Argument as Conversation

In the past, I made a lot of researchers, which gave me an experience of doing it. As a result, when I read this article “Argument as Conversation” I recognize some aspects, which I was using it before when I made researchers process such as framing the problem, reading to find more information, ask questions, and discussed some thought about the topic with the classmate or with the teacher.

Greene distinguishes between reading as inquiry and reading as a search for information by using an example. Distinguish between them are difficult because they have small differences. As he said, “whatever you decide, you may begin to reflect upon your experience in new ways in developing and argument about what the purpose of education experiences might be”. If you read for inquiry you will develop your thought by raising a lot of questions and while you keep researching questions will increase until you find the good answers. In another hand, if you read as a search you will find the information that will answer your questions and you will finish.

Greene defined framing as that, “Framing is a metaphor for describing the lens, or perspective, from which writers present their arguments”. I agree with this definition because framing is a limited picture of something just like a lens to see the topic in one way. I notice a lot of writers using a frame to let the reader focus on one side by discussed the information the writer want it. For example, the book that we read divided to many chapters which make the reader focuses while he or she read in one aspect like education, solitude, and family. Also, framing is happening everywhere not only with the writer but also at work between employees and so on.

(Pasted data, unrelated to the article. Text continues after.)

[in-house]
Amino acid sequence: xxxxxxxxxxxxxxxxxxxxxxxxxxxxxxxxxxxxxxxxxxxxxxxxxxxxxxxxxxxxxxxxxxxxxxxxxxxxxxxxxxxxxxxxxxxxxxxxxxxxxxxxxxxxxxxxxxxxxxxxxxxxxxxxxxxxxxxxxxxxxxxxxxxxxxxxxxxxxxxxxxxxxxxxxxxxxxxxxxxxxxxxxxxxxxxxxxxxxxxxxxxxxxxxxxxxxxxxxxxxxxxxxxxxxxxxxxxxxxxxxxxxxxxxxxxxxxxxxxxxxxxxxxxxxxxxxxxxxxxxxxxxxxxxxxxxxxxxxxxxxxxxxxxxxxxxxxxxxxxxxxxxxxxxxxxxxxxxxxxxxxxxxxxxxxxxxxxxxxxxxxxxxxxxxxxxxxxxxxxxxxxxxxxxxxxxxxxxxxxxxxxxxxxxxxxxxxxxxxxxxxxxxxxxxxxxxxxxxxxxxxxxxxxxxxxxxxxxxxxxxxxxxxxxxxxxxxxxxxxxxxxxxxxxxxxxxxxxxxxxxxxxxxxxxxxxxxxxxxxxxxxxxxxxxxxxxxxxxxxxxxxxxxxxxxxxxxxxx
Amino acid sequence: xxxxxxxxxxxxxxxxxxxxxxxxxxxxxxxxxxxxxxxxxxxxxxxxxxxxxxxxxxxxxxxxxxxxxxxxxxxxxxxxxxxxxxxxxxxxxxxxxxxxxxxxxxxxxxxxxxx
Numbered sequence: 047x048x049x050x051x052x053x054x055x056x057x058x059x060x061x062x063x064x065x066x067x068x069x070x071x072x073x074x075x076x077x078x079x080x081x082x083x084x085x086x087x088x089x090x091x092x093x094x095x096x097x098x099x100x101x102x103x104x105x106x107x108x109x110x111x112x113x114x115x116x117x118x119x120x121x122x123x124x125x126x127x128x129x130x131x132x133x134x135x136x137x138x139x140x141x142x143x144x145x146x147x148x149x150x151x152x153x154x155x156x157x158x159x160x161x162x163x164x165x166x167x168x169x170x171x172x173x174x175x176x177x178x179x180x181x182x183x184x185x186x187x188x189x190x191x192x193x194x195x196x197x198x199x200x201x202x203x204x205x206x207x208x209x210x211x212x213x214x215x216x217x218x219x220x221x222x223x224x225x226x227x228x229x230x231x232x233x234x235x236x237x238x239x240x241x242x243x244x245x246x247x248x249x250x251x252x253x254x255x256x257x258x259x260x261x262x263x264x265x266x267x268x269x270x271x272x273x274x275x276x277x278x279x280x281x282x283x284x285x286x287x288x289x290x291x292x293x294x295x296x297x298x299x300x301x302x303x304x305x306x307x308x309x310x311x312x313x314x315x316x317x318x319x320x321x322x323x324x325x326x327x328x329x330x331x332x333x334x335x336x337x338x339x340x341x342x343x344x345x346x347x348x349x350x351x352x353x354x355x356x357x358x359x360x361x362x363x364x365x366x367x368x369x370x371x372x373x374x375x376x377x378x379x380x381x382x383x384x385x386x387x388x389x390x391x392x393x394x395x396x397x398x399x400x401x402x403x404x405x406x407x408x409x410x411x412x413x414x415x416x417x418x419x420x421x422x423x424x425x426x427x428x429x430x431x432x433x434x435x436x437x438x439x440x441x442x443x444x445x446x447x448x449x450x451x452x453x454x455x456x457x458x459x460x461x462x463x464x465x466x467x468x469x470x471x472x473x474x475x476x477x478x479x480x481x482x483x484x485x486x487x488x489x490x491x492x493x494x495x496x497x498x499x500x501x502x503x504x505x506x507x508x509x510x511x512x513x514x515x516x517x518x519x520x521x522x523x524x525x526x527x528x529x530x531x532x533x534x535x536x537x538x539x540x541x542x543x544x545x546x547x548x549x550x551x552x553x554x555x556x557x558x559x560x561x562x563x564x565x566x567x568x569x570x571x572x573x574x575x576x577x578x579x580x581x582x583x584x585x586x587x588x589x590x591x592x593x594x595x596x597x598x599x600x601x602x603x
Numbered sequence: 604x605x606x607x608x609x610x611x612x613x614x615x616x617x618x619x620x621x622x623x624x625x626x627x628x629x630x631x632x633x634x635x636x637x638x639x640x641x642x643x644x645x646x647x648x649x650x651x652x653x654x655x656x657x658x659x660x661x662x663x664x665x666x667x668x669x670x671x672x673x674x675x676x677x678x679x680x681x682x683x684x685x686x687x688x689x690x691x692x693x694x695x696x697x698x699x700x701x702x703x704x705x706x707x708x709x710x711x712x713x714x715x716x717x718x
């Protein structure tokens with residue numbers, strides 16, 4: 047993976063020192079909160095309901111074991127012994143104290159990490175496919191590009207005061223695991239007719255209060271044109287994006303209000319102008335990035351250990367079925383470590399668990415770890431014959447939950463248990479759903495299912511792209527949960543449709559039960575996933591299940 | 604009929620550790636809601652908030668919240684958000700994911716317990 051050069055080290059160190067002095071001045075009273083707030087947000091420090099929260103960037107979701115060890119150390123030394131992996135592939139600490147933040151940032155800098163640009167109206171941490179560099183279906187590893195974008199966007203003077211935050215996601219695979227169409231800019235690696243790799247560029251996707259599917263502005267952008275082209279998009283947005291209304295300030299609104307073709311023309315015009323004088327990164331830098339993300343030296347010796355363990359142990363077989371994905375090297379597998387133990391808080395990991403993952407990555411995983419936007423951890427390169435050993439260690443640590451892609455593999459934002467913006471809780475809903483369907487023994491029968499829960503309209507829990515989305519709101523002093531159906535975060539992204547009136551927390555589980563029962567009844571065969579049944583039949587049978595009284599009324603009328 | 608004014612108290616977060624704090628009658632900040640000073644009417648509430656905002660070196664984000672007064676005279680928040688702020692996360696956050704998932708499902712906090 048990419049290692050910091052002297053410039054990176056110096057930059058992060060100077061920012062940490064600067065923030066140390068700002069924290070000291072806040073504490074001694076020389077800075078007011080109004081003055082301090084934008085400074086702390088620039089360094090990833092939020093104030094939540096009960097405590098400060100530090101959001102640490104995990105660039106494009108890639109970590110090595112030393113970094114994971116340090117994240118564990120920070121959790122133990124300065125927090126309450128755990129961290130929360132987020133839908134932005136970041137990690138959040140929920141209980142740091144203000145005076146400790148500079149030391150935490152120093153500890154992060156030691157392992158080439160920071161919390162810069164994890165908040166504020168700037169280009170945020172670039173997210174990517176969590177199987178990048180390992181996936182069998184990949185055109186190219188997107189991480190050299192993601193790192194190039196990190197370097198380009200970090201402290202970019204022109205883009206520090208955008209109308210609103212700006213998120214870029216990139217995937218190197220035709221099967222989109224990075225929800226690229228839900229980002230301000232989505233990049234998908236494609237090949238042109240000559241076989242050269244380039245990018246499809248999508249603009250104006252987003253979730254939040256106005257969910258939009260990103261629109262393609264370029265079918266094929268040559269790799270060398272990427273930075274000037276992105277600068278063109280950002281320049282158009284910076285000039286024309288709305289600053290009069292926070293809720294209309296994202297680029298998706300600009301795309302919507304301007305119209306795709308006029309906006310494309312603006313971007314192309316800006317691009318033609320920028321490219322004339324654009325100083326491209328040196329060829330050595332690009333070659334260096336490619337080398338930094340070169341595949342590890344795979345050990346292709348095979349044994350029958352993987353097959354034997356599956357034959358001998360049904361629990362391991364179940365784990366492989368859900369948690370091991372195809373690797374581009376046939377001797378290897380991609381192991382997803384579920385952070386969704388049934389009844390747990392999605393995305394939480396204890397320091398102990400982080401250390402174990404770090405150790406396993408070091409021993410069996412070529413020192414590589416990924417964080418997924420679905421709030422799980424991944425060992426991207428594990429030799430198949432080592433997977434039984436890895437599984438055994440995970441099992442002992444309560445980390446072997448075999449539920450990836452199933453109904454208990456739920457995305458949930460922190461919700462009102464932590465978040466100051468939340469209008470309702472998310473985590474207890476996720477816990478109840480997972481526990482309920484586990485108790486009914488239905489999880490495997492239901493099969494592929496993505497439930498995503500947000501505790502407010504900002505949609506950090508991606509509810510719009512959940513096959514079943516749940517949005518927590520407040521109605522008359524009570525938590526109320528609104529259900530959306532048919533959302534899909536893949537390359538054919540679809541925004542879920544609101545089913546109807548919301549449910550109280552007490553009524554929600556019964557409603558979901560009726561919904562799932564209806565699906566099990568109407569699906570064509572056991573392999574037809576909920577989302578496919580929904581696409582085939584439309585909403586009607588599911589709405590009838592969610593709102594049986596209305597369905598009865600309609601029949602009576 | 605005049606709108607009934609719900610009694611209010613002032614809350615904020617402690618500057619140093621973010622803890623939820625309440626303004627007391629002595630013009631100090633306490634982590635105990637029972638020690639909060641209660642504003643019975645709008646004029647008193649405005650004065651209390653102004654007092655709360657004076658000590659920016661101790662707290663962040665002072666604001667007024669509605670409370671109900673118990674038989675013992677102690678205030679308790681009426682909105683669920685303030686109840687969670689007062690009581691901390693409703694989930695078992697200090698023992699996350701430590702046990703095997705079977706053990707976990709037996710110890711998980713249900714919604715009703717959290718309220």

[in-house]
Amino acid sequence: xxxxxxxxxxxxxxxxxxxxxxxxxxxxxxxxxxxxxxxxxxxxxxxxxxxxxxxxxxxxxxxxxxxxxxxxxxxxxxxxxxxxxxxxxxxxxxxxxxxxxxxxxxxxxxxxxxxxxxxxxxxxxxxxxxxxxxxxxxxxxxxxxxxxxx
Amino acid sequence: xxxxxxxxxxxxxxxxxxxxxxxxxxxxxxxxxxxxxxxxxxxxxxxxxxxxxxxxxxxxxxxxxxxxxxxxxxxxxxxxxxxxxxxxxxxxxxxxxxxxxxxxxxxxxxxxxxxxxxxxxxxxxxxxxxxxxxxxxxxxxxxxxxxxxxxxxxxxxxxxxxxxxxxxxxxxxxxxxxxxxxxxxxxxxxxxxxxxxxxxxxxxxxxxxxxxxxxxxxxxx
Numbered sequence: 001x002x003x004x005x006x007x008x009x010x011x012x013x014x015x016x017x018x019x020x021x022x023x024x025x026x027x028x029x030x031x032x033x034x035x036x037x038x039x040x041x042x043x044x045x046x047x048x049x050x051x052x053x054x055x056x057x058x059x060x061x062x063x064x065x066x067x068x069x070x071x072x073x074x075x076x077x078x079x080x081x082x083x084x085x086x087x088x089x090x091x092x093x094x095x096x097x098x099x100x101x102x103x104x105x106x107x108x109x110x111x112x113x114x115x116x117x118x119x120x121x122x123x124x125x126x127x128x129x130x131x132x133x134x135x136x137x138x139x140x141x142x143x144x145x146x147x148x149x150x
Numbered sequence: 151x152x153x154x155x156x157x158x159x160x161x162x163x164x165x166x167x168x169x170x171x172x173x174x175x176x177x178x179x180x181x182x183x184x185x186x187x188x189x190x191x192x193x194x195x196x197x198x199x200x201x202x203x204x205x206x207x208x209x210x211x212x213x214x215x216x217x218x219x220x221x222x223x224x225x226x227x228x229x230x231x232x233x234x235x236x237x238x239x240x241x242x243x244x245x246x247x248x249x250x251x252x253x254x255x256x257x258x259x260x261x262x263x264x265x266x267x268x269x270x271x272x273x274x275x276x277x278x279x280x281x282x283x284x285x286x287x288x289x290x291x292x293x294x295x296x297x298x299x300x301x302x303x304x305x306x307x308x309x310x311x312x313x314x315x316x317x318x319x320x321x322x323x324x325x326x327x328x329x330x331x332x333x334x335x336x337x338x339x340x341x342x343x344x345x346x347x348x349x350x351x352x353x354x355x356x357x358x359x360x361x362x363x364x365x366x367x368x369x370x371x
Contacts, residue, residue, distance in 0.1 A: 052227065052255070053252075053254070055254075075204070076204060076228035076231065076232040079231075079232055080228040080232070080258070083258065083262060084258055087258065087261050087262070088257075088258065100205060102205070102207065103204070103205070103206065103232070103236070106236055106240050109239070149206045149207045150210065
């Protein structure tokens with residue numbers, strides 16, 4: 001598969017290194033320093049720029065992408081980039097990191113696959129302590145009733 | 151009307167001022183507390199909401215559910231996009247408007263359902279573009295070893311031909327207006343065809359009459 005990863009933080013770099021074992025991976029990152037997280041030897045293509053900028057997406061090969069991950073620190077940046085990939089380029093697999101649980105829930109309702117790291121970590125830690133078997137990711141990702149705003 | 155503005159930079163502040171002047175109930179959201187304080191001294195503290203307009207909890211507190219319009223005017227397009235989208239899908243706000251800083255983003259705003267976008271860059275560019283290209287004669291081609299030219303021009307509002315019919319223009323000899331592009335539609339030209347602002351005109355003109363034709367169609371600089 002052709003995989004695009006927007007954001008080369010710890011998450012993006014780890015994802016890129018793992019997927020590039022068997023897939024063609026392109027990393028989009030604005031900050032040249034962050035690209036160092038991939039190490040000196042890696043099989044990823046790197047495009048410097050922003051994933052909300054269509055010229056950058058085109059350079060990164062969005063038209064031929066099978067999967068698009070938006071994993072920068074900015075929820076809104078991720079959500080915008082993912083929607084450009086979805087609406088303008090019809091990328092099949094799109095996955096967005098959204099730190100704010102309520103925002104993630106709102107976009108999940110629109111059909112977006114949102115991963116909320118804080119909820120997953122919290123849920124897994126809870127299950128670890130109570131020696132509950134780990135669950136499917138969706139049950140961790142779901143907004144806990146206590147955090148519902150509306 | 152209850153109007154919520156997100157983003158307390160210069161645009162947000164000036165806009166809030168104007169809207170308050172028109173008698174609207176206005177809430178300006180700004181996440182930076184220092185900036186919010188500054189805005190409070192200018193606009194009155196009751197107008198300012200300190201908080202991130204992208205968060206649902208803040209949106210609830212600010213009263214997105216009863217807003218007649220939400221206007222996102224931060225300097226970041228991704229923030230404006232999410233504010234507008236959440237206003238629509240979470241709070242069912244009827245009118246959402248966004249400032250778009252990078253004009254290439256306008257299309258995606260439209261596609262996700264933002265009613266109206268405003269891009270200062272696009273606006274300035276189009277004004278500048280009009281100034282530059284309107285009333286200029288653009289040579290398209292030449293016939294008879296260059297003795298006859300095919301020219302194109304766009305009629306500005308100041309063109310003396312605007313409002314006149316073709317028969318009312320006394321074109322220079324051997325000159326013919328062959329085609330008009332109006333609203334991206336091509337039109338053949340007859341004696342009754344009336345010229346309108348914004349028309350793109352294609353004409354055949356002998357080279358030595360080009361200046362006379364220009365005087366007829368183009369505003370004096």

Finally, this article changed my thinking about how I read and write for the research because I learned the differences between reading for research and reading for inquiry which that will reflect my writing for this project.





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